Skip to content

Paul Woodward


Paul Woodward is a director, performer and writer based in Melbourne.

Paul has worked as a director/performer/writer for the physical/experimental theatre companies Sculpture (West Midlands) and Glory What Glory (Lancaster/London). Graduating with an MA (distinction) in Theatre at Royal Holloway, he consolidated his research into body/sign systems in Theatres of Asia and its application to Sign Language Theatres of the Deaf.

Paul was a senior lecturer in Drama and Physical Theatre at St.Mary’s University College for 16 years and is now currently working full time on a practice as research PhD, investigating the useful application of performance theory and practice to HIV (dis)closure at Monash University in Melbourne, Australia, after winning a double international scholarship there.

Whilst lecturing Paul remained active as a professional director/dramaturg and regularly collaborated with physical theatre practitioners Maxine Doyle (First Person dance/theatre and Punchdrunk productions) and Dr Josephine Machon (Middlesex and Brunel University) investigating the interface between the body, dance, physical theatre, popular cultures and technology.

Paul has delivered physical theatre workshops nationally and internationally including the international festival of therapy and theatre, Lodz, Poland with the Theatre of the Deaf, in Knysner, South Africa working with HIV positive children in the townships with MadAboutArt, Lilongwe in Malawi with Theatre for a Change. Most recently Paul has been working with the Melbourne based medical charity Possible Dreams International who operate projects in rural Swaziland.

Here he is leading storytelling empowerment workshops and performance with AIDS orphans and HIV+ children. His ongoing work in Swaziland was showcased in the March 2013 Possible Dreams Choir tour of Melbourne that demonstrated a powerful fusion of song and spoken word stories.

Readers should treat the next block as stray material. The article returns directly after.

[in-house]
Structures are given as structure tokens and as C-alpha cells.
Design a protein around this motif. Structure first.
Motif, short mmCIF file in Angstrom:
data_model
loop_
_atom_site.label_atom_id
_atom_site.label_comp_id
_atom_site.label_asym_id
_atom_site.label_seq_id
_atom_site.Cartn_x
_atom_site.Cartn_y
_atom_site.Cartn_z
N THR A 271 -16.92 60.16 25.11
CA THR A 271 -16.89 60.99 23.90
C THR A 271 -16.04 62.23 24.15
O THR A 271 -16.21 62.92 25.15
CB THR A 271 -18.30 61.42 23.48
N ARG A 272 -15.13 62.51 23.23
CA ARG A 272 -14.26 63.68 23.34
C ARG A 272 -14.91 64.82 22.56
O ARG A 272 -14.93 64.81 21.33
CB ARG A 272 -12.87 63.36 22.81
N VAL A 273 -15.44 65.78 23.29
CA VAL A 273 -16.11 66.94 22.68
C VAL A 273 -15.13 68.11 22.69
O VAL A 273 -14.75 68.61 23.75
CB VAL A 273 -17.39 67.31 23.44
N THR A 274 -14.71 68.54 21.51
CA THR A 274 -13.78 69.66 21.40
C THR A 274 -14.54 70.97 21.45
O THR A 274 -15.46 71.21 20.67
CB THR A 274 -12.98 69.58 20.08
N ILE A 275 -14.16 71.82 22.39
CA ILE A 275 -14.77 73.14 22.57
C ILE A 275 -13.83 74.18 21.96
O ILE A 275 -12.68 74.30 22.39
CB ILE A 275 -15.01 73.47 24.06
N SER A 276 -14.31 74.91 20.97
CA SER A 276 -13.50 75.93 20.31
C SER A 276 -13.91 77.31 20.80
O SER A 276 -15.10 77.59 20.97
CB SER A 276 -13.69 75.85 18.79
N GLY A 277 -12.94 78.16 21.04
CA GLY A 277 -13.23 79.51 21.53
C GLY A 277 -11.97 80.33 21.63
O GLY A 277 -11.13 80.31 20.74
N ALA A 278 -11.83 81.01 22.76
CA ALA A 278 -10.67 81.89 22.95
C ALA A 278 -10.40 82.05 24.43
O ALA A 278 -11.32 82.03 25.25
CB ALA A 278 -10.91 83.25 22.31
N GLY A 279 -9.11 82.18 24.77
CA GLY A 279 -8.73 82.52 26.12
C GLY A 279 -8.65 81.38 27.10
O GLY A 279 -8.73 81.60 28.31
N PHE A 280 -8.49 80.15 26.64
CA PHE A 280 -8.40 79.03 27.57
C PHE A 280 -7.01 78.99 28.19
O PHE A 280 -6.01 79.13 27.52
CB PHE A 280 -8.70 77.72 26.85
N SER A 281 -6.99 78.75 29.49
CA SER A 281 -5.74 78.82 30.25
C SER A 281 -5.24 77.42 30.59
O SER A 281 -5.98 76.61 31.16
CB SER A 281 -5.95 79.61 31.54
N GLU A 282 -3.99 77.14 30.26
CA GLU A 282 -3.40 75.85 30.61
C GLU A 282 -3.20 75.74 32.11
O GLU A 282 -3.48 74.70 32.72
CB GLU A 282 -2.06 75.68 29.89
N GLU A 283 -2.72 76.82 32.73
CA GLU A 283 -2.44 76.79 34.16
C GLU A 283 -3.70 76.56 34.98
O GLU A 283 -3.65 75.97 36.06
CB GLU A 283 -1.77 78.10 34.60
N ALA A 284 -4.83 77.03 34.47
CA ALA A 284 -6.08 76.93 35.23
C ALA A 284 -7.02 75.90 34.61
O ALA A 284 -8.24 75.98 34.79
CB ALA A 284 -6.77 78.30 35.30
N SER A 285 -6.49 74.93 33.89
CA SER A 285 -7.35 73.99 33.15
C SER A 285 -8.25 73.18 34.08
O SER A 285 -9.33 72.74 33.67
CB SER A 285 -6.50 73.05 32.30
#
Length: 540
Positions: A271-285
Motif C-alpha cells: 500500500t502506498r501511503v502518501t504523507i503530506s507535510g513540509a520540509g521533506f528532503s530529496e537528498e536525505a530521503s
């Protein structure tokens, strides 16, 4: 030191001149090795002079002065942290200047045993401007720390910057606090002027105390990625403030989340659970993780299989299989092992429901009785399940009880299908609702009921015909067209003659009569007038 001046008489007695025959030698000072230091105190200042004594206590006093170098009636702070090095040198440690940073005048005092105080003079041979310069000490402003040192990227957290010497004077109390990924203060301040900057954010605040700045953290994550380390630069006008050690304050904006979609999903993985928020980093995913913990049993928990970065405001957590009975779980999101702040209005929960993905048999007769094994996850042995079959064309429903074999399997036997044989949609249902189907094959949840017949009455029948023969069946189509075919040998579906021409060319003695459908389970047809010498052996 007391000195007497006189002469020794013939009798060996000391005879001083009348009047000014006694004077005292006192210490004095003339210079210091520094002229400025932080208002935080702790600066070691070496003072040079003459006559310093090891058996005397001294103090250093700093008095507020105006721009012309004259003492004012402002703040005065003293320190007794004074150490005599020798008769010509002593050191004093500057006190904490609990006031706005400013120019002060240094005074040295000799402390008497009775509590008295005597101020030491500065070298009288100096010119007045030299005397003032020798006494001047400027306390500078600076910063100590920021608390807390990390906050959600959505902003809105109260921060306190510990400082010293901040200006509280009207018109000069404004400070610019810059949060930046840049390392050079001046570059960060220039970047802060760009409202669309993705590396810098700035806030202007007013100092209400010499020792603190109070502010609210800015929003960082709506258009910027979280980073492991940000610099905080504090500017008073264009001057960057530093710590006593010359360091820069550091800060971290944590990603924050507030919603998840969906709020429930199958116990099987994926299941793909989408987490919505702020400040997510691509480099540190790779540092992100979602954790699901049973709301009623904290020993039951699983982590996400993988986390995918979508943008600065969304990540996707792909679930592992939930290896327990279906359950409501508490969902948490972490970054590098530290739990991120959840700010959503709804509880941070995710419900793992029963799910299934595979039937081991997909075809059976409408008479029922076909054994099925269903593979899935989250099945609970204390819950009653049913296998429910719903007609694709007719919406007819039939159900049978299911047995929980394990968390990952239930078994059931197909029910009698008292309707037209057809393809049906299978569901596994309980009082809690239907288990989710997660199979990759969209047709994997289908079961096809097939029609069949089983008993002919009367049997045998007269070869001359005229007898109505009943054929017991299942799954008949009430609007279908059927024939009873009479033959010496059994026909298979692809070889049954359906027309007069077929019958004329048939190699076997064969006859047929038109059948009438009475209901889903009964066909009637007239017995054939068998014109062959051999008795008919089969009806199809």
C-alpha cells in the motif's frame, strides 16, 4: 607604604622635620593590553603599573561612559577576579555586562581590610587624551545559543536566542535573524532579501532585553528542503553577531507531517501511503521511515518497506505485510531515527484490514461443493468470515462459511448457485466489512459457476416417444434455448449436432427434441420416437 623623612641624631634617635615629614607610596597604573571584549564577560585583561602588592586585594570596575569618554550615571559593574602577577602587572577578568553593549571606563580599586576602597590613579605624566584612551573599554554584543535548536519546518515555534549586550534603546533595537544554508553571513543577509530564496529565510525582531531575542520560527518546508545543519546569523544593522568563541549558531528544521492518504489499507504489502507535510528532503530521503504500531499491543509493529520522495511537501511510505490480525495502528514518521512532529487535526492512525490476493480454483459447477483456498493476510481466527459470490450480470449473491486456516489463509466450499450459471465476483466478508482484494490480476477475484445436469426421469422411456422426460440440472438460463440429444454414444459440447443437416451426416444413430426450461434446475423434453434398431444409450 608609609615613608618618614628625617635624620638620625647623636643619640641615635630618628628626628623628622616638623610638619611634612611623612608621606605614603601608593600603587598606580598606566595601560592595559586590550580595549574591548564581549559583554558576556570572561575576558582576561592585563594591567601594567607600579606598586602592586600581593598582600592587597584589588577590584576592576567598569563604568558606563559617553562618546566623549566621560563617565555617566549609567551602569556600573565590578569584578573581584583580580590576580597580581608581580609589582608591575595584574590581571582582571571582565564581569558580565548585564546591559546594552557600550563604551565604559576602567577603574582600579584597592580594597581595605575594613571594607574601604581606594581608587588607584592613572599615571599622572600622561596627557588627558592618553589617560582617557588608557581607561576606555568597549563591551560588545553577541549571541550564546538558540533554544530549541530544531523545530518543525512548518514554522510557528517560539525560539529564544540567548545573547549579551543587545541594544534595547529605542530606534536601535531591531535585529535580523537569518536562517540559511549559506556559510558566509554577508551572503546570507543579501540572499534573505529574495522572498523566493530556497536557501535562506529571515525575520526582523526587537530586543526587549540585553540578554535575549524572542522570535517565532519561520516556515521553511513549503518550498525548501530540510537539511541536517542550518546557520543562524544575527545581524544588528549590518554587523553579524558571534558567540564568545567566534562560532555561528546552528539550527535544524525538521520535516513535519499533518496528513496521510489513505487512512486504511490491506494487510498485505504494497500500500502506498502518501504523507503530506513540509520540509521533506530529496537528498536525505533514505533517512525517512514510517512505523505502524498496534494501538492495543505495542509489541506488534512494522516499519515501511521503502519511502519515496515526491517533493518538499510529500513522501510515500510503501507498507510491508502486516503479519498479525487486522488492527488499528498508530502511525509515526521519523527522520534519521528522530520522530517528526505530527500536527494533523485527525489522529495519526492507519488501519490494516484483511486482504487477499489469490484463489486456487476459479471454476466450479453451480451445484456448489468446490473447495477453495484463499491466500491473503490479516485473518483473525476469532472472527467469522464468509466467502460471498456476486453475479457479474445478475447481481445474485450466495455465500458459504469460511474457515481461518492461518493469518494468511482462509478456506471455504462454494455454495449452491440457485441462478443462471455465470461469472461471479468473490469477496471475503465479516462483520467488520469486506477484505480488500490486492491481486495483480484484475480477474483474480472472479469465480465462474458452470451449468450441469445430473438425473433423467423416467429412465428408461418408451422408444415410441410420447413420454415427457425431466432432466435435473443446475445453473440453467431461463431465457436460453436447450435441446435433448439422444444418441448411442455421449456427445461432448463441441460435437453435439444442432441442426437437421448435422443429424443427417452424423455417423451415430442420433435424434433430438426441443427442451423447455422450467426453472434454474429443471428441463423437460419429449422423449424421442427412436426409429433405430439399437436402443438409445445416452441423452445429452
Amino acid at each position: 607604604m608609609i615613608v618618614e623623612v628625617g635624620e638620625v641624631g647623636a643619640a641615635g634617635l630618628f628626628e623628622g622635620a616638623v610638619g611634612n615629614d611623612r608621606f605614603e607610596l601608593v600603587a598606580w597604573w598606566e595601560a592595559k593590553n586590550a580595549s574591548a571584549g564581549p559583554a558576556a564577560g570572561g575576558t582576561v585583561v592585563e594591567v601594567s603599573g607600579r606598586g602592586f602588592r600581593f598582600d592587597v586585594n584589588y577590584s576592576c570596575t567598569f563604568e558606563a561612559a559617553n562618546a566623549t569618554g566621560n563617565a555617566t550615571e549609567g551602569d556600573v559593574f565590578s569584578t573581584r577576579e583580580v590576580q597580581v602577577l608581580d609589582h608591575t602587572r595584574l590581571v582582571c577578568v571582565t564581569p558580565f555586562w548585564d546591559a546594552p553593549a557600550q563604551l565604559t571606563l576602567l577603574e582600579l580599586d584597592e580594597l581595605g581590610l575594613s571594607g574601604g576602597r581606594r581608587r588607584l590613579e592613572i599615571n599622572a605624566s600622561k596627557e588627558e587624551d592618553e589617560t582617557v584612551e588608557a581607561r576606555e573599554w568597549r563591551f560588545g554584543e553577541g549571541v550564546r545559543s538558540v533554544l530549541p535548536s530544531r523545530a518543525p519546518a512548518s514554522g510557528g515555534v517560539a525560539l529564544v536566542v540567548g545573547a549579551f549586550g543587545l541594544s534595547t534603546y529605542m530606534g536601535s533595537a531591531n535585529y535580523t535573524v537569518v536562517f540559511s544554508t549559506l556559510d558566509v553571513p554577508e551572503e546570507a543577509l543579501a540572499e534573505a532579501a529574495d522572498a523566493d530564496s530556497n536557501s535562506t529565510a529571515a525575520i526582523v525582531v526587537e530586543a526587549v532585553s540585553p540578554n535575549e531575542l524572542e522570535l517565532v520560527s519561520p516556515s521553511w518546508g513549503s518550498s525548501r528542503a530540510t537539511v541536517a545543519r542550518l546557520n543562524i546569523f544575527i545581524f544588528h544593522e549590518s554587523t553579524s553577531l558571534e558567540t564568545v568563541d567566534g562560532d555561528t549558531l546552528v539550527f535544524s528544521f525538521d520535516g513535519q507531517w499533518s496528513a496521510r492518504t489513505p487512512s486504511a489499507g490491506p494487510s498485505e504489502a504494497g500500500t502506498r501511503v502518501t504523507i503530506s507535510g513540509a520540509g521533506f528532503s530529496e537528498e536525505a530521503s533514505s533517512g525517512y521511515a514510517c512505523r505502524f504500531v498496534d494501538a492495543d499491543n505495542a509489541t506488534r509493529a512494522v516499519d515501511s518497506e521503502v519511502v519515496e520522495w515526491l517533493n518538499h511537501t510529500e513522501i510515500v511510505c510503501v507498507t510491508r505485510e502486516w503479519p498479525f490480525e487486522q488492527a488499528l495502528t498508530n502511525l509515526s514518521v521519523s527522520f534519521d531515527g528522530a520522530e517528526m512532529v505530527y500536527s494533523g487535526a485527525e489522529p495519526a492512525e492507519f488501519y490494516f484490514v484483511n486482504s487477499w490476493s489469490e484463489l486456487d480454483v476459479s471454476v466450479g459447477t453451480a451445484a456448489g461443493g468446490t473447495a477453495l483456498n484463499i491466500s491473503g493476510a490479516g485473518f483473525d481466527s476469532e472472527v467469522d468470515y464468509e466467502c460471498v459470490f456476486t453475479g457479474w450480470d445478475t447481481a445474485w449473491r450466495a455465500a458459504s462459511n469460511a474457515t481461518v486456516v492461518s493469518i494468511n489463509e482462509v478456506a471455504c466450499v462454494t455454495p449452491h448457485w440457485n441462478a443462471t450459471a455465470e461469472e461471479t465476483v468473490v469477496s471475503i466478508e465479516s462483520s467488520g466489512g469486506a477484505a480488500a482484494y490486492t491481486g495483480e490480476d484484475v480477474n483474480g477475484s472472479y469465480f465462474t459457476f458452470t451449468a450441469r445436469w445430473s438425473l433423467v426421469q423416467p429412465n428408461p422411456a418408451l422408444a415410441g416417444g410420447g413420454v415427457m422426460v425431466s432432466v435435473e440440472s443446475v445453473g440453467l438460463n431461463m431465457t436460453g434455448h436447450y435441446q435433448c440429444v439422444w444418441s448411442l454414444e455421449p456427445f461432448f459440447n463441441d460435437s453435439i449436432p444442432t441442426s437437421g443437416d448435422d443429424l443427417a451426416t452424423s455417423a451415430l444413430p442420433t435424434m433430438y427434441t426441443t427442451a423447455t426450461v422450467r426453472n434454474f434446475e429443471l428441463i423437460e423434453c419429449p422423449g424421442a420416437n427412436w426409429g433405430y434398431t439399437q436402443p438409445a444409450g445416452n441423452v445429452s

Paul joined The Quest for Gay Men in October 2011 where he has developed a unique storytelling and performance curriculum to empower gay men to tell their life stories with greater ease and confidence and fluidity. He was the acting dramaturg for an adaptation of the popular psychology book The Velvet Rage by Dr Alan Downs which was first presented at the Sarah Siddons Theatre, London in November 2012 as The Velvet Rage: Real Life Stories then adapted further as Beneath The Surface: Gay Life Stories at the Embassy Theatre at the Royal Central School
of Speech and Drama in February 2013, and most recently an ensemble piece for gay men between the ages of 40-65 entitled The Haunting which premiered in October 2014 at the Pinter Theatre, Mile End, London.

Since moving to Melbourne in March 2012 Paul has been working with Living Positive Victoria as a health education speaker. For the organisation’s unique Positive Speakers Bureau, Paul is commissioned to visit schools, workplaces, community groups and prisons to use the power of autobiographical storytelling as a means to facilitate powerful and interactive HIV and sexual health education in Victoria.

Paul continues to be an internationally published scholar in the field of performance theatre, ritual and the body, and the potential uses of performance theatre in HIV education and is currently working on a book entitled The Performativity of (dis)closure.

Paul is working on an ongoing solo storytelling piece about his relationship with his late father entitled Fathers & Feathers that he initially developed in collaboration with the legendary US performance storyteller and gay rights activist Tim Miller in March 2013 and which was premiered in October 2013 at the Pinter Theatre, Mile End, London, and which was specially commissioned
by Monash Centre of Performing Arts to be reworked and performed at the Alexandra Theatre (Clayton), the George Jenkins Theatre (Frankston), and Space 28 at the VCA in March 2014.

Stay up to date with our upcoming events and special announcements by subscribing to the Wheeler Centre's mailing list.

View our privacy policy
Acknowledgment of Country

The Wheeler Centre acknowledges the Wurundjeri Woi Wurrung people of the Kulin Nation as the traditional owners of the land on which we work. We pay our respects to the people of the Kulin Nation and all Aboriginal and Torres Strait Islander Elders, past and present.